adi'. non-Jews were die to natural growth.
after all, Maurice Schwartz
was always so tragic, so dol-
oious, so damned arty.
But my father didn't want
anyone of consequence to see us
there.
IT WAS this essential health
in my father's emotional fabric
that caused his good feeling! for
Adier to persist and. I suppose.
Adler's success in the end made
it all very respectable except
among the "trombenikes," of
course, who saw this lapse in my
fathers taste proof of his bour-
geois soul, if proof there needed
to be.
And SO, because Adler didn't
come to see us. many times we
traveled across an infinite num-
ber of bridges into New Jersey
to see him. And later, when we
came to Florida, to visit him in
St. Petersburg.
ADLER was an exquisitely
gentle man white haired,
sl< n ler, ibtle In bo ly and .mind.
The "trombenike!" were really
impossible snobs not to see thi
qualities in him j ist i eca ise he
hadn't suffei liar and
being published profitably.
It must tx : century
since I saw A Her
in hi! ard< n i n an '"ti-
ed glider, h is e; i w< I I i
ei ol -
When I
' i
a tw
Inl .
rj
n ]
'
J Lehen"
'
TIIB IXS< RiPTION
I .
the Yiddish

:
-
diki F.uti
is also vanity. Here, Adler
humorously dubs the publisher,
Ichalein" "Me, Myself and
I."
And. beneath the title, to em-
phasize that he understood my
father's serious attachments to
Yiddish art and that he. himself.
was in outcast from the circle
of the tioml>enikes," he wrote:
"Look, Hel) Jacob. I haven't
forgotten you anyway."
THE TKI'TII is that "Venen-
dike Flatten" was one of Adler's
few attempts at serious poetry,
an I not a very good one at that.
Somewhere, there was also a
third volume he Inscribed to my
father I have since lost over the
years Adler's "Moan* Ka-
peyer" "Moehe the Contrary."
^father's middle ^
I do not recall this h.
verbatim, but Adler 0>
fessed that he kn,t J
GeW Vert a cho8IeB..
miI,L,h,a, J""0***. l
muted to lh tll, '. ;
?ha, rin'y t0 his
that he was not and
be a really "serious lnJ. I
to his gratitude for mv 1
regard for hi,,. anyZl
I shai.i. B,wayi rf
Adler as a ,, who
and hved in the Je
and who found incredil
in las own ex.., from the
stream of Yiddish
His death remindj
Jewish world that i
prevailed in the face of 21
bw odds againsi either.
Now. with Adler. that sj
oead. too. Although.
died when I thought h,
something- like
tury ago. after I last
on his glider.
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Testa by d'Ktors on hun-
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to be true in many cases la|
fact, many doctors, them.
elves, use I'reparation IV A
recommend it for th.
iUea. Prep irationHoin
or auppoaitori
' RETIRED? ON A LIMITED BUDGET?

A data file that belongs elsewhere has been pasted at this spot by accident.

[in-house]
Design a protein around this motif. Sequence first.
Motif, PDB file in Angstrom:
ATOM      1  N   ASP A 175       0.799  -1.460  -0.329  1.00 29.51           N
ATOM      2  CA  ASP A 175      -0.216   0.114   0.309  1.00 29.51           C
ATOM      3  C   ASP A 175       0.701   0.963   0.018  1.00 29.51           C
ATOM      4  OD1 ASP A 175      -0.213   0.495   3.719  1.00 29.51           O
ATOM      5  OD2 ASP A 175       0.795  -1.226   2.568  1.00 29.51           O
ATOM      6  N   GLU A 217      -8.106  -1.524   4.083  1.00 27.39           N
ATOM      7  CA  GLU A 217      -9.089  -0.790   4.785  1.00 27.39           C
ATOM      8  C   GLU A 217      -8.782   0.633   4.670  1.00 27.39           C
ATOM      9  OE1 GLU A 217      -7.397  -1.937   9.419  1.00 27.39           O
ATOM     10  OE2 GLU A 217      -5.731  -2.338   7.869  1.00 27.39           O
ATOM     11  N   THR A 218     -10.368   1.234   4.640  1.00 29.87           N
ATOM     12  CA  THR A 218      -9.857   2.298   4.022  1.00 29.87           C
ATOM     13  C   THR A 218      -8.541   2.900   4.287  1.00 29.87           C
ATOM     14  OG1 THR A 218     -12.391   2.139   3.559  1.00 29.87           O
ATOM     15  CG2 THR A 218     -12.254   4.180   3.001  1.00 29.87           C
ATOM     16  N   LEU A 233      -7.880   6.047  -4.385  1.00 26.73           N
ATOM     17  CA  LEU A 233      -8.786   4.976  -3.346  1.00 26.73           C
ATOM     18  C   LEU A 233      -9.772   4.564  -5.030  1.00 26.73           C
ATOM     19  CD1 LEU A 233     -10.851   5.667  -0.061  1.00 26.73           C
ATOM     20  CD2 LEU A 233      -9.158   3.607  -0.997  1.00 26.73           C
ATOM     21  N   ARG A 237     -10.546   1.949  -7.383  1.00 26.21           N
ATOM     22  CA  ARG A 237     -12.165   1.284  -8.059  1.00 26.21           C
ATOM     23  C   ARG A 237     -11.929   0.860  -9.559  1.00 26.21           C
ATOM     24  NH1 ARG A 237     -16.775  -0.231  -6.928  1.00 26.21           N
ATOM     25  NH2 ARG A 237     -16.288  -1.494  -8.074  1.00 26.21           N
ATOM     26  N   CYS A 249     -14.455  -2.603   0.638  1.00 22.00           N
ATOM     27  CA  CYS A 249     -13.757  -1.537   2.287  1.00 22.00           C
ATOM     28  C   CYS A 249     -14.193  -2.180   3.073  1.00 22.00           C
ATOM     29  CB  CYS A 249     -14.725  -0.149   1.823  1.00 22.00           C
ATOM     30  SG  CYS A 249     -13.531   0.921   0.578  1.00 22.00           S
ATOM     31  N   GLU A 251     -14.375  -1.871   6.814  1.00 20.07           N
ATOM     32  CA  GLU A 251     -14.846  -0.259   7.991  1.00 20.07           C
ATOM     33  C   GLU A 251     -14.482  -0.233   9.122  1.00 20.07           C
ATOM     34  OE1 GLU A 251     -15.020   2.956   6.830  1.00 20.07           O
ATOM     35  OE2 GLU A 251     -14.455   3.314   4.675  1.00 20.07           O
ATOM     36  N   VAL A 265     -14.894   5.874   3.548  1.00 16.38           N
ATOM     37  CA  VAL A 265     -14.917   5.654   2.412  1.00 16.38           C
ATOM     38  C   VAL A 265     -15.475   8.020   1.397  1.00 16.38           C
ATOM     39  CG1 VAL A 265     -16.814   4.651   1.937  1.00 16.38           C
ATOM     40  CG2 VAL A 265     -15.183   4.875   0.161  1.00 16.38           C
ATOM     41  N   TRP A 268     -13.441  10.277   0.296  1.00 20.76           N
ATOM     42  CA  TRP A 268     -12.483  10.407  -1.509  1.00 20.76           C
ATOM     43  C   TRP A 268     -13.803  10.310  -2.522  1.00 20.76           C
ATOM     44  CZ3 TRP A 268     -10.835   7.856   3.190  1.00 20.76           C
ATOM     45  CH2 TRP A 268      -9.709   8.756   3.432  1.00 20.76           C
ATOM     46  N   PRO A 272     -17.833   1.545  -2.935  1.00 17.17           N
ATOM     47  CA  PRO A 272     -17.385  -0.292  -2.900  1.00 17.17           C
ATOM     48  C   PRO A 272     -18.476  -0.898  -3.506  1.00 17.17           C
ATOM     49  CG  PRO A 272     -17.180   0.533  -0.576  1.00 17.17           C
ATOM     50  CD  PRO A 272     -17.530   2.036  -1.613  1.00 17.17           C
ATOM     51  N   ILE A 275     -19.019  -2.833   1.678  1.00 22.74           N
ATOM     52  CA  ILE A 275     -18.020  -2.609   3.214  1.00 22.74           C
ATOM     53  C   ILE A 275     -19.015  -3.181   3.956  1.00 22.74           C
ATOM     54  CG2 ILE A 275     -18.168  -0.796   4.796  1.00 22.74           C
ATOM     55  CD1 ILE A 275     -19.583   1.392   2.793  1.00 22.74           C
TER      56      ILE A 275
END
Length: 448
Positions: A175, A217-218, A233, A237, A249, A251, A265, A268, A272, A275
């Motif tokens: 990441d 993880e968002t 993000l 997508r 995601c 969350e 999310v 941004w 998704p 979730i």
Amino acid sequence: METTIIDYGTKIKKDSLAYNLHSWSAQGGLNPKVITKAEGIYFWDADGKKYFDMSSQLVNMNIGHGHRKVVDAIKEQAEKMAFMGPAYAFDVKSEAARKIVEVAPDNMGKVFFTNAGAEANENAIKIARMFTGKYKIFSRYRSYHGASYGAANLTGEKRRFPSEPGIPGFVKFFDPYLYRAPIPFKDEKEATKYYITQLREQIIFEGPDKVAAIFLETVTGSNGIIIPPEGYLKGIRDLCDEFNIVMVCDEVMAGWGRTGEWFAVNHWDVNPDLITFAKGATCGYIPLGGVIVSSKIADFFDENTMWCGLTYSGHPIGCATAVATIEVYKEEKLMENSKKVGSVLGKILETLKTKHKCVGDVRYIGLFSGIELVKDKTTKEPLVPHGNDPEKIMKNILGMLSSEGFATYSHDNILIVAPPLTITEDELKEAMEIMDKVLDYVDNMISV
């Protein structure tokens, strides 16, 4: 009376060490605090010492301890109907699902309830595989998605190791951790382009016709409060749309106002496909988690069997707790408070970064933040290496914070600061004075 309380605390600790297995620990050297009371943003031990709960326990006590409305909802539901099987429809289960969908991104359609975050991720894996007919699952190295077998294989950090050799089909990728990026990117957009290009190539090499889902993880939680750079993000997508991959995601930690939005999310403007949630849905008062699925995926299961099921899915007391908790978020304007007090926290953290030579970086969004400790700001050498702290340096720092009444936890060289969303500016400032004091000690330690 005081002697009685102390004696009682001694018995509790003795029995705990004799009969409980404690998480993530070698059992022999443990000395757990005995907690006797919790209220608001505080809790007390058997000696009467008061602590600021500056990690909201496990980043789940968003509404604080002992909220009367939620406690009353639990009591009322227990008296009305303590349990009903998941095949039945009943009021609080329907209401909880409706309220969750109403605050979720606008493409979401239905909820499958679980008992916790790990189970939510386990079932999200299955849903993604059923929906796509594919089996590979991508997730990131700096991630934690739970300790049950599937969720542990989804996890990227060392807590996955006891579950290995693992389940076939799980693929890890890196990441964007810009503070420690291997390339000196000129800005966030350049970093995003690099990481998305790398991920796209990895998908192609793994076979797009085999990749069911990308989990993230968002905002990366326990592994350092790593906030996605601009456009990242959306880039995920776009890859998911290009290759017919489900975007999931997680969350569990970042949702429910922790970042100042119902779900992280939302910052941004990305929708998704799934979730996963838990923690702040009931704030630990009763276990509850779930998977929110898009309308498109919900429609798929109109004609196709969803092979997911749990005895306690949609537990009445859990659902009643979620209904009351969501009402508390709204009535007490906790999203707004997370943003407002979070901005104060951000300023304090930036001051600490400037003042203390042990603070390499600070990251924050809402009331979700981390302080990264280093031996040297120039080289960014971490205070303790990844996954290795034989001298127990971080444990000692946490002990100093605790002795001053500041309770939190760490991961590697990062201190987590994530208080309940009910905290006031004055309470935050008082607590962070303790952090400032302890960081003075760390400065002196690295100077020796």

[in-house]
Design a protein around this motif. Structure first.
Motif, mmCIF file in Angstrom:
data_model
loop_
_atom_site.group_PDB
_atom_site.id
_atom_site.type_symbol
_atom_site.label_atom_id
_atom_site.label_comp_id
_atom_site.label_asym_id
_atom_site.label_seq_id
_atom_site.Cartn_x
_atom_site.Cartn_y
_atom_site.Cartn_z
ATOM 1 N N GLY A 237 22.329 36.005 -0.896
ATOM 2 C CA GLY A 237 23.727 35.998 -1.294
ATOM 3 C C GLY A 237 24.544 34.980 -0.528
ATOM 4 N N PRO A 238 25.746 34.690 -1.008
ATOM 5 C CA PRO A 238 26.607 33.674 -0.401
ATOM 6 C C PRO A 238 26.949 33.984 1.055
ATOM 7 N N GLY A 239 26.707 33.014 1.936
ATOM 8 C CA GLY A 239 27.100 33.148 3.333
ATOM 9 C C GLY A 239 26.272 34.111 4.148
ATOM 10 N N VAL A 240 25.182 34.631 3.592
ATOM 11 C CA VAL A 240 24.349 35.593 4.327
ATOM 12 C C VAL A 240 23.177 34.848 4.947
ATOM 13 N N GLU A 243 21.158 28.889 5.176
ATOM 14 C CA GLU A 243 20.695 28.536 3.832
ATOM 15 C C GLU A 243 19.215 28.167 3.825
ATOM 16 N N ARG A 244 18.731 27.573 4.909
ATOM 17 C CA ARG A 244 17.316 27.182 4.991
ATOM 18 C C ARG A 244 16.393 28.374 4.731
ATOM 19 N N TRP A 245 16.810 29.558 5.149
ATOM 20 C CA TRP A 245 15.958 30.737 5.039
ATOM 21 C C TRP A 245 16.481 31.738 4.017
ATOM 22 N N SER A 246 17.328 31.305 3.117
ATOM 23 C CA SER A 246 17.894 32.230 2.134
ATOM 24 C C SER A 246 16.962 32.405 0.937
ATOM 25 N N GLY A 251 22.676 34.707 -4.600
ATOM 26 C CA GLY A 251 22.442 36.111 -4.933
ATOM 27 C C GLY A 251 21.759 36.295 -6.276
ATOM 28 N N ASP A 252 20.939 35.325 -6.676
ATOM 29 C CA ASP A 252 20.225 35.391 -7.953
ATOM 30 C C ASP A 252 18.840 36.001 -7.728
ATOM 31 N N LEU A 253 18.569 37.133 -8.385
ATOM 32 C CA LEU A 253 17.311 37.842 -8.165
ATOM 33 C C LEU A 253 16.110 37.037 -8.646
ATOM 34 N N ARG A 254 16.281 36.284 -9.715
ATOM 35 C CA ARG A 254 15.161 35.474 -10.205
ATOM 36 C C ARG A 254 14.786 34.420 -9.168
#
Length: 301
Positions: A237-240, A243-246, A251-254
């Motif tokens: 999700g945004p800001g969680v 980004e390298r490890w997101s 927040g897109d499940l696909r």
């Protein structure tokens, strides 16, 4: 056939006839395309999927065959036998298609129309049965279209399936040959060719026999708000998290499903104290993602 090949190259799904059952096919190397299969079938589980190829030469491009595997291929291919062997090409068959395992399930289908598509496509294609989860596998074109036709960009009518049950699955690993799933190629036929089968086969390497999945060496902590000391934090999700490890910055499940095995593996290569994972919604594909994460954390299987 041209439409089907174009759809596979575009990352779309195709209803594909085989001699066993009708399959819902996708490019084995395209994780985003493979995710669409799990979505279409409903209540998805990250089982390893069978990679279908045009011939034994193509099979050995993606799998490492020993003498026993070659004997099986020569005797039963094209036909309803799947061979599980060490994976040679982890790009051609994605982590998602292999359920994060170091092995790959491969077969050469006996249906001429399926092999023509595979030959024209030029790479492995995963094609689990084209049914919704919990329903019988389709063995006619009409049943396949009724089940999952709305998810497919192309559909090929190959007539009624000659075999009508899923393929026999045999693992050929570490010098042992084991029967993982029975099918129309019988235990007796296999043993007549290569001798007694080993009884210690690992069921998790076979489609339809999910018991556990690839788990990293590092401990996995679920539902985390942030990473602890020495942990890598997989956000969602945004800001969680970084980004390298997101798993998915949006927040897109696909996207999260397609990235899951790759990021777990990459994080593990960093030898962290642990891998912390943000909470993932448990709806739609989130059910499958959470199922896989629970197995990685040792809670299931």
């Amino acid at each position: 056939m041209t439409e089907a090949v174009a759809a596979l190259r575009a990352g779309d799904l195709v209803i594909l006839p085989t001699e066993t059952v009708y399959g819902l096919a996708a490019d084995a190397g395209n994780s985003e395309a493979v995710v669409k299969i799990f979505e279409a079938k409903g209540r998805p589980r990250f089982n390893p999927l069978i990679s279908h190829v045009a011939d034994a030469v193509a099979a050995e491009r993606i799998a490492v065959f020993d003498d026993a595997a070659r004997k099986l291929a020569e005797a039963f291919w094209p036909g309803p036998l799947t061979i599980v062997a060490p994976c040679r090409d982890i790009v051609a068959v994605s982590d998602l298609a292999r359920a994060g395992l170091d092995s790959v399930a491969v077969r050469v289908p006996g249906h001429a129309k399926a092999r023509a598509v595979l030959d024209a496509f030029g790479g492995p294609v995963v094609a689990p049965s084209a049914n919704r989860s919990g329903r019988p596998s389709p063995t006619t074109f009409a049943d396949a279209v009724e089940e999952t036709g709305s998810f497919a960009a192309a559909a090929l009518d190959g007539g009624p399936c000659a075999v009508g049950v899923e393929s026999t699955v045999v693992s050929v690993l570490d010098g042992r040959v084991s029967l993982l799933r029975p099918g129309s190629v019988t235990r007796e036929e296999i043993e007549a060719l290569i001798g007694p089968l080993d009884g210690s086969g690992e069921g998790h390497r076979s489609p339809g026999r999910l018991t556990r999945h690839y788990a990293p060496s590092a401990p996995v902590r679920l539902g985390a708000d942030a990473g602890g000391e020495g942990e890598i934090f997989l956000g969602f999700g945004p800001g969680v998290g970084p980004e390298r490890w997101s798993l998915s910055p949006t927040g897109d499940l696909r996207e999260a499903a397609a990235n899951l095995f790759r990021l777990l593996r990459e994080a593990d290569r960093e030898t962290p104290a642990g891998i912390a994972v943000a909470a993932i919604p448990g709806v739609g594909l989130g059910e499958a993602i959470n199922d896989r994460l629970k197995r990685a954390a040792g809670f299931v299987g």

BEAT INFLATION & HIGH FOOD COST.
LIVE YEAR-ROUND IN A WATERFRONT
RESIDENCE PAY AS LITTLE AS $175
PER MONTH WITH 3 MEALS dally.
Lot m CMatwi Md *ijiIt M\ 'ooms in cendii ored pad I
s*:.i mi .fC'Mtnr .H iMffities. nfdicjl MMtfKr. t*t CMVHI ( Ml
~~K0SrfER CORONET
____m\Umin | flhh Stiwl 531 W
PRESIDENT MAD!!
ar tV acrw t Jltf Stiff 531 0/41
BiSCAYA on the B3j
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MontWj SO 0C
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MontWi $01 E
dbl ftcc. !xn tlJ
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WE WANT YOUR
BUSINESS FOR A LIFETIME
SO WETAKE BETTER CARE
OF YOU DAY BY DAY.
BankofMfcnltitarh.NA 120 Lincoln Bod, 53S 7*31.
this time, do it right
s.s. Statendam from Florida to the Caribbean
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Of all the cruise ships out of Florida, there'sonl j
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F ly/Cruise Plans save up to 40% on any airline
fare to and from Ft. Lauderdale:
Nov. 19,29, Dec. 9: $690 to $ 1190.
r. ^c-2.Feb-10,21,March3:$735to$l375.
America 'Jan'10'20* 31March 14'24: ^9010$1
Cruises The s.s. Statendam is registered in the Netherland An*


I January 17, 1975
* knisl rkriJictr
Page 13-A
NORTON
-SINCE 1924-
TIRE CO.
SAFETY
CENTER
NORTON
INCE 192.
TIRE CO.
..... <
SAFETY
CENTER
B.F. GOODRICH
MlCHELIN
Mr. John M.
Miami Springs, Fla.
I've been buying tires
from Norton for years.
I keep coming back
because they've
always treated me
right. quick.
friendly service and
the right tire for my
own needs. And the
price has always
been right.
We
Guarantee
it!
I <$ NORTON TIRE CO. SAYS
SATISFACTION GUARANTEED
II OR YOUR MONEY REFUNDED
! If for any raMM ycu re no! eompiefe'y wTndefl ""
l my n*w paistnge: en tiff you Ki ''C" Norton Tt'C I
; C: 't-rn it. WWf aritll youf btifiilil -. It I i
, 9C days of tn dif* of purcnase ><*4 (fOuf Ttonp, -
rf'jnrjfd m fyN no Quejvons as>ea Conpefcul
s ncU4
*,* < < t
Steel Belted Radial Sale
Buy3
Whitewalls
- At our Regular
Price and Get the
4th One
FREE
SIZE Price Per Tire Price Set of 3 4th Tire
B78-13 47.21 141.63 FREE
D78-13 50.70 152.10 FREE
E78-14 53.06 159.18 FREE
F78-14 55.64 166.92 FREE
G78-14 56.57 169.71 FREE
H78-14 62.41 187.23 FREE
G78-15 59.13 177.39 FREE
H78-15 63.23 189.69 FREE
J78-15 64.84 194.52 FREE
L78-15 67.42 202.26 FREE
\* 'V*
\ \ \ v
N V V X V .
i i
ii
rl

^^^^^^^
A BFGoodrich/^
Long Miler 4 Ply Nylon Cord 560X15 SIOIO (2 ply) tt ^W p|U8 f. e. Tax M 1.71 & trade-in
SIZE PRICE F.E. TAX
B78-13/650X13 20.41 1.83
D78-13/700X13 21.65 2.10
F78-14/775X14 24.59 2.41
G78-14/825X14 25.52 2.55
G78-15/825X15 25.97 2.63
H78-15/e55X15 27.37 2.82
Whitewalls slightly higher,
All Prices Plus F.E. Tax 2.11 to 3.60 per tire
Safety
Service